Larger gatherings didn’t start happening until the third century. The houses of rich Christians in the community were retrofitted for Christian worship. Pools and baths became baptismals. Large rooms would become sanctuaries. When the churches became legal within the next hundred years, these houses became the first basilicas. After Christianity became legal in 313 A.D., Christianity became known as the Roman Catholic Church. This is where there was a tie between the empire supporting the churches, and big worship gathering spaces became the norm and began to evolve into the direction that we have today.
I believe that this is an exciting time for the church. This is going to test us to see if we can creatively contextualize and move forward. This will also question how missionally focused we are.
What about mission?
Just like the disciples were called out for the sake of not just hanging out with each other, but for being sent out on mission, we are called to do the same.
In 251 A.D. there was an epidemic that hit the Roman world and in 260 A.D. another one hit. Christianity grew from 1 Christian to every 249 pagans to 1 Christian to every 4 pagans in this time (pg. 89 “The Rise of Christianity: How the Obscure, Marginal Jesus Movement Became the Dominant Religious Force in the Western World in a Few Centuries” by Rodney Stark). This wasn’t because they fought to meet together in their worship gathering spaces amid sickness. This happened because when everyone fled the cities in fear and left their sick and dying, the Christians stayed behind and were willing to lay down their lives to show love for the sick.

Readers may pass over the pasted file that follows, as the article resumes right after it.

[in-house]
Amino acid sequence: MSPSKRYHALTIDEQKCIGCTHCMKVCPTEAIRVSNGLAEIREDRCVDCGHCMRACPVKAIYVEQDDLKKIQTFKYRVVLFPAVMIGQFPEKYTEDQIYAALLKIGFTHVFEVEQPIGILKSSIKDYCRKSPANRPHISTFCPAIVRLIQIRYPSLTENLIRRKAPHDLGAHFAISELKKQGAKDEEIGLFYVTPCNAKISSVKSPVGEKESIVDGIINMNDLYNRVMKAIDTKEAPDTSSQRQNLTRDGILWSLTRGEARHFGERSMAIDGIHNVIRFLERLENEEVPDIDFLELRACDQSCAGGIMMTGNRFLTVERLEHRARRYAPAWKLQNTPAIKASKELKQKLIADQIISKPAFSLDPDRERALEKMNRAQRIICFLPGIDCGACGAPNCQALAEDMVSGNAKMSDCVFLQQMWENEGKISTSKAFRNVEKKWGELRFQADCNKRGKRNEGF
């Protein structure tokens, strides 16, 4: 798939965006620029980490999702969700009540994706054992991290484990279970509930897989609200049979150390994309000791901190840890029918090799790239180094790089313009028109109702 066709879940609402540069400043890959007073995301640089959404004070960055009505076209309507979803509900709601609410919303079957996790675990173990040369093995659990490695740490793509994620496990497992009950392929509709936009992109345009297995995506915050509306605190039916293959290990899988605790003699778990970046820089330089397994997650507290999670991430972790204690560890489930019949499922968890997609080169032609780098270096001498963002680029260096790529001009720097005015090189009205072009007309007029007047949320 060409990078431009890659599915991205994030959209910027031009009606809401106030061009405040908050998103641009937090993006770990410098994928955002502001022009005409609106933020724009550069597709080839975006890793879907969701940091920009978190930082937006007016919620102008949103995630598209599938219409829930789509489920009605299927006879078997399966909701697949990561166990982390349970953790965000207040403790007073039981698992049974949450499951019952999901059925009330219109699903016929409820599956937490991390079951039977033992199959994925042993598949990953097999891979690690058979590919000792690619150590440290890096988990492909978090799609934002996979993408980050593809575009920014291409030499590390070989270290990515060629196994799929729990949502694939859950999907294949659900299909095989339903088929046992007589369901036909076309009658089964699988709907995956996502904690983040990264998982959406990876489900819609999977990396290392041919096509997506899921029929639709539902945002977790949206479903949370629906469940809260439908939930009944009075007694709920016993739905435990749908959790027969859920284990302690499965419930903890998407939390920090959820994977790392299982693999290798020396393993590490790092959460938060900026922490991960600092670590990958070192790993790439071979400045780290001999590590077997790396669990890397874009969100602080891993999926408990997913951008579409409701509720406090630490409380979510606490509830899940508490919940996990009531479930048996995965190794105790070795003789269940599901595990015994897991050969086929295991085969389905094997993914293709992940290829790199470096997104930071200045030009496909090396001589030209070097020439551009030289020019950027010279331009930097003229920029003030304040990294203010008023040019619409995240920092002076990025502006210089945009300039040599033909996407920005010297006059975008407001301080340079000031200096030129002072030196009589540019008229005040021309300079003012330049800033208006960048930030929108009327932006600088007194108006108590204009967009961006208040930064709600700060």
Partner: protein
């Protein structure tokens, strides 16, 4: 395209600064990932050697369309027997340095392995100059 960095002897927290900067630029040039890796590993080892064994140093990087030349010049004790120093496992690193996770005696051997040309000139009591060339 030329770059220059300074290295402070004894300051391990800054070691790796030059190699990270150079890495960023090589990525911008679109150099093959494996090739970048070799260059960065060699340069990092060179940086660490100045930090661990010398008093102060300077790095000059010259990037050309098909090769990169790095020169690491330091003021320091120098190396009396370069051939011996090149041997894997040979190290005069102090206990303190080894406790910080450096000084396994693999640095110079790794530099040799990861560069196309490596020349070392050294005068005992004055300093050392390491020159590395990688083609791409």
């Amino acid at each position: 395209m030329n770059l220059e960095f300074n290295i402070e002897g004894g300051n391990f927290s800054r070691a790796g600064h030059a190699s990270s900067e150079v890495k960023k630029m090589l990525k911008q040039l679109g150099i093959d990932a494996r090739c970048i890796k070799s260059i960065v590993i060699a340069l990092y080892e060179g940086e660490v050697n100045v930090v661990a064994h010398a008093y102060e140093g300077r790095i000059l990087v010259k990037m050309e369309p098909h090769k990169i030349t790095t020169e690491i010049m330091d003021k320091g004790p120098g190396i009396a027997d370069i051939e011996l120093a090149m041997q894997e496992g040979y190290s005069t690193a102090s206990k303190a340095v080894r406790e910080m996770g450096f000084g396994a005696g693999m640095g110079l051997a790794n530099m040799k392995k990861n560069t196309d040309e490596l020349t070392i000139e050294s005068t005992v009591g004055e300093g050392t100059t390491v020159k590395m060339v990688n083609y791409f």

Emperor Julian in 362 A.D. was against Christianity, but he said this,
“the impious Galilean (what he called Christians) support not only their poor, but ours as well, everyone can see that our people lack aid from us” (pg. 75 “A history of Christianity” by Paul Johnson).
He wanted pagans to equal the virtue of Christians (pg. 83 Stark).
I think about our world now. We are experiencing so much pain, and our nation seems to be in a state of chaos. Rodney Stark says this as he concludes chapter seven:
“To cities filled with the homeless and impoverished, Christianity offered charity as well as hope. To cities filled with newcomers and strangers, Christianity offered an immediate basis for attachments. To cities filled with orphans and widows, Christianity provided a new and expanded sense of family. To cities torn by violent ethnic strife, Christianity offered a new basis for social solidarity. And to cities faced with epidemics, fires and earthquakes, Christianity offered effective nursing services.”
They showed that they were called out for mission!
Let’s make a difference!
In this pandemic and other chaos of our time, can we see this as an opportunity for mission? Many of us are being challenged by what it means to be the church. For some, we still think that if we just get back to our big buildings, everything will be okay. Let me ask you, are people that are part of your mission going to feel safe attending your building now, or will it just be you and a few from your congregation that just want to be back together? Are you willing to go about regathering in a way that will hurt your witness and ability to reach people as part of your mission?
When people one hundred years from now look at Christians at this moment, will they see that all we wanted to do was fight to regather so we can gather with other like-minded Christians, or will they look back and see that we seized this as an opportunity to love our neighbor as the called-out ones by Jesus in a way that makes a difference?